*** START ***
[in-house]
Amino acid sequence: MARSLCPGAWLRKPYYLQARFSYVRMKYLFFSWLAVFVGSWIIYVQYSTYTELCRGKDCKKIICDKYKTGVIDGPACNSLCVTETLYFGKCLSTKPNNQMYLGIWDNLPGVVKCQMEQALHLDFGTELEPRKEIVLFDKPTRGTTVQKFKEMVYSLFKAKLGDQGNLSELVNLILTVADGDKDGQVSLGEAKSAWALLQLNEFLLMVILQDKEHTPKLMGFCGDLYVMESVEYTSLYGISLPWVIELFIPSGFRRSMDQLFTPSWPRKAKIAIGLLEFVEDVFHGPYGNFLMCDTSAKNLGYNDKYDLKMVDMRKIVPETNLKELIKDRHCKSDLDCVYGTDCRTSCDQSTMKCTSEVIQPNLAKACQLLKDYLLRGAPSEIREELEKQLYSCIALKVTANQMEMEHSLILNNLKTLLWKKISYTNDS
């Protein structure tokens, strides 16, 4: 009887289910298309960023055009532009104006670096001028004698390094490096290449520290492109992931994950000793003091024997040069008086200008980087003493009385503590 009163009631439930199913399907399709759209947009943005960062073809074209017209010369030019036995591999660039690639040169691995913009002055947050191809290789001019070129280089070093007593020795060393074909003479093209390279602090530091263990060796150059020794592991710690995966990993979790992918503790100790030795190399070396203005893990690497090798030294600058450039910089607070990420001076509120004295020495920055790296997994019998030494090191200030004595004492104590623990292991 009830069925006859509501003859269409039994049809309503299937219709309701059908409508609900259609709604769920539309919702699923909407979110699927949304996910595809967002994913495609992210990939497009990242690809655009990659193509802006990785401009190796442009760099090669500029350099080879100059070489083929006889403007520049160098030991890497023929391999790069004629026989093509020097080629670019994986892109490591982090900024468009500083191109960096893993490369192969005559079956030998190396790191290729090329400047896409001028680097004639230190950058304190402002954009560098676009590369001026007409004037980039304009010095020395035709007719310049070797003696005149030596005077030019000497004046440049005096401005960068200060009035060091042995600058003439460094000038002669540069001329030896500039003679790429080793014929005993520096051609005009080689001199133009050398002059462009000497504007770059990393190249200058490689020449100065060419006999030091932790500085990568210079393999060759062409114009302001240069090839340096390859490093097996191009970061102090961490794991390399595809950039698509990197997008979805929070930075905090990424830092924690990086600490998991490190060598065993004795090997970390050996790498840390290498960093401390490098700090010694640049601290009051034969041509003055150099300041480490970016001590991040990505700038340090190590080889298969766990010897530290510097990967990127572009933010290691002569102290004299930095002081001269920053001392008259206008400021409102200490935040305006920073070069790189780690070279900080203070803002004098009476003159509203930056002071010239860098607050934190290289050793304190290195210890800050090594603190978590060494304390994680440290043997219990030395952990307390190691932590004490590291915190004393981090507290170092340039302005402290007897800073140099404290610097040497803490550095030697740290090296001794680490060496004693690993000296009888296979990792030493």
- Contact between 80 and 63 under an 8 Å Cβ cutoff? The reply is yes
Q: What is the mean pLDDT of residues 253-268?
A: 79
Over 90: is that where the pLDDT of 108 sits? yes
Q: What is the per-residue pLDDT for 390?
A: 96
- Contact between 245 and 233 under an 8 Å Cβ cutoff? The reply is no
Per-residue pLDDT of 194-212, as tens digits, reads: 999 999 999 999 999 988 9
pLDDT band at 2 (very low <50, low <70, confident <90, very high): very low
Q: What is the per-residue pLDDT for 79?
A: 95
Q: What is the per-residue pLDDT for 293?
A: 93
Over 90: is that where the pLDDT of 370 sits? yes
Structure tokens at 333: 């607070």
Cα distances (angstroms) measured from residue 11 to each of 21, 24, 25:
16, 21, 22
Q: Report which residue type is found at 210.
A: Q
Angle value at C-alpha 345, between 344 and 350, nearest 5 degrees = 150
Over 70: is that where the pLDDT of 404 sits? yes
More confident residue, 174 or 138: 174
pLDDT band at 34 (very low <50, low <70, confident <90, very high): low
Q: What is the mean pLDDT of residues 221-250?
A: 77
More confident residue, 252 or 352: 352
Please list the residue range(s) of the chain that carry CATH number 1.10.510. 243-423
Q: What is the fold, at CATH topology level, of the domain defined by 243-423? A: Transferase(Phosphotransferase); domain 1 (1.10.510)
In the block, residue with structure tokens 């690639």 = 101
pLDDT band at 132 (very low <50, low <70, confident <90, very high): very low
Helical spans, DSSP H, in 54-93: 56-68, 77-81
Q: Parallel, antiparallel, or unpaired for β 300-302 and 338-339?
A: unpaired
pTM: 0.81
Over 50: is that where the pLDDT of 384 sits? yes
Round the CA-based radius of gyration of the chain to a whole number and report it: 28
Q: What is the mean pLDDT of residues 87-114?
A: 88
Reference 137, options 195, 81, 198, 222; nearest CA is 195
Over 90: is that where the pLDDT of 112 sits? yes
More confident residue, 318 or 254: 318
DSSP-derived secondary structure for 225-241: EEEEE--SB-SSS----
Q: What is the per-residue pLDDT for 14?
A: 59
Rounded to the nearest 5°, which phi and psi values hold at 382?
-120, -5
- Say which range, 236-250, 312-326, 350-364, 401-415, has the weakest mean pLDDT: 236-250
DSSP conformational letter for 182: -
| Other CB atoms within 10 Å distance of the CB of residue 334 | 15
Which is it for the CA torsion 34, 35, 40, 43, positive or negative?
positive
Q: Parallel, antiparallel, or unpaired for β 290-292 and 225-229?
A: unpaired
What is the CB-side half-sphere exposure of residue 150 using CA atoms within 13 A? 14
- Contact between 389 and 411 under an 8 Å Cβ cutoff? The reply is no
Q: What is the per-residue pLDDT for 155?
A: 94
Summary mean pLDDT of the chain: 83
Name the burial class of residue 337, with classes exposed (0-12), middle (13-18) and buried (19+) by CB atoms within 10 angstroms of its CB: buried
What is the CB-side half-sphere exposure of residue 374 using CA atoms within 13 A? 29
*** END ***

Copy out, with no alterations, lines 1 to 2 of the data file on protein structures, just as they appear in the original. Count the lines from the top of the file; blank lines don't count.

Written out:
[in-house]
Amino acid sequence: MARSLCPGAWLRKPYYLQARFSYVRMKYLFFSWLAVFVGSWIIYVQYSTYTELCRGKDCKKIICDKYKTGVIDGPACNSLCVTETLYFGKCLSTKPNNQMYLGIWDNLPGVVKCQMEQALHLDFGTELEPRKEIVLFDKPTRGTTVQKFKEMVYSLFKAKLGDQGNLSELVNLILTVADGDKDGQVSLGEAKSAWALLQLNEFLLMVILQDKEHTPKLMGFCGDLYVMESVEYTSLYGISLPWVIELFIPSGFRRSMDQLFTPSWPRKAKIAIGLLEFVEDVFHGPYGNFLMCDTSAKNLGYNDKYDLKMVDMRKIVPETNLKELIKDRHCKSDLDCVYGTDCRTSCDQSTMKCTSEVIQPNLAKACQLLKDYLLRGAPSEIREELEKQLYSCIALKVTANQMEMEHSLILNNLKTLLWKKISYTNDS